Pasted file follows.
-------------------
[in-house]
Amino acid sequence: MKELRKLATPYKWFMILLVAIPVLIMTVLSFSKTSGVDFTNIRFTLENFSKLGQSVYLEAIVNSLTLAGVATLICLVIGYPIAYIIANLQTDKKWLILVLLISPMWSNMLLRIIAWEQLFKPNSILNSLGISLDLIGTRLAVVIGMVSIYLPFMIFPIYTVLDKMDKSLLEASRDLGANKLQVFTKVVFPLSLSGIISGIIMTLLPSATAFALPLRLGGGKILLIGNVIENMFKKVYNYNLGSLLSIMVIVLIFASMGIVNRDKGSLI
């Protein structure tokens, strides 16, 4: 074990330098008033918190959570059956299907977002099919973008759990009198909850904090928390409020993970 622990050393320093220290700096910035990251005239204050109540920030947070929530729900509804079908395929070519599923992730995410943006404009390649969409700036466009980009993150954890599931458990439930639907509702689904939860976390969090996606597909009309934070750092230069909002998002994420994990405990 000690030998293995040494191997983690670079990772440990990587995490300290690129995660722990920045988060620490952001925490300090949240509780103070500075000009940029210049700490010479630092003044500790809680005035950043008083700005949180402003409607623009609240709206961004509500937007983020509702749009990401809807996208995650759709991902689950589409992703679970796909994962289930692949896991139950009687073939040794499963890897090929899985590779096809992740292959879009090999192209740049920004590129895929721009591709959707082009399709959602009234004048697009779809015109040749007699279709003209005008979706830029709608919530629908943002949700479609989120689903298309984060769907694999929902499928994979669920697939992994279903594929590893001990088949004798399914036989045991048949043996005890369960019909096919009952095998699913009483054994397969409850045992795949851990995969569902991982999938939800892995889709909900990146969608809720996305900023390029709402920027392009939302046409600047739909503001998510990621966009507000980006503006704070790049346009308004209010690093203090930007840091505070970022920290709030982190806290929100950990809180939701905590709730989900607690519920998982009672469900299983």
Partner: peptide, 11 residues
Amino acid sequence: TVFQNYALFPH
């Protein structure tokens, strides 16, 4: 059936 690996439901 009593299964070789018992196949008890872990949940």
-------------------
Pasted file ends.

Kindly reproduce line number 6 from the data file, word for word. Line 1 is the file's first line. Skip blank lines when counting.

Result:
């Protein structure tokens, strides 16, 4: 059936 690996439901 009593299964070789018992196949008890872990949940």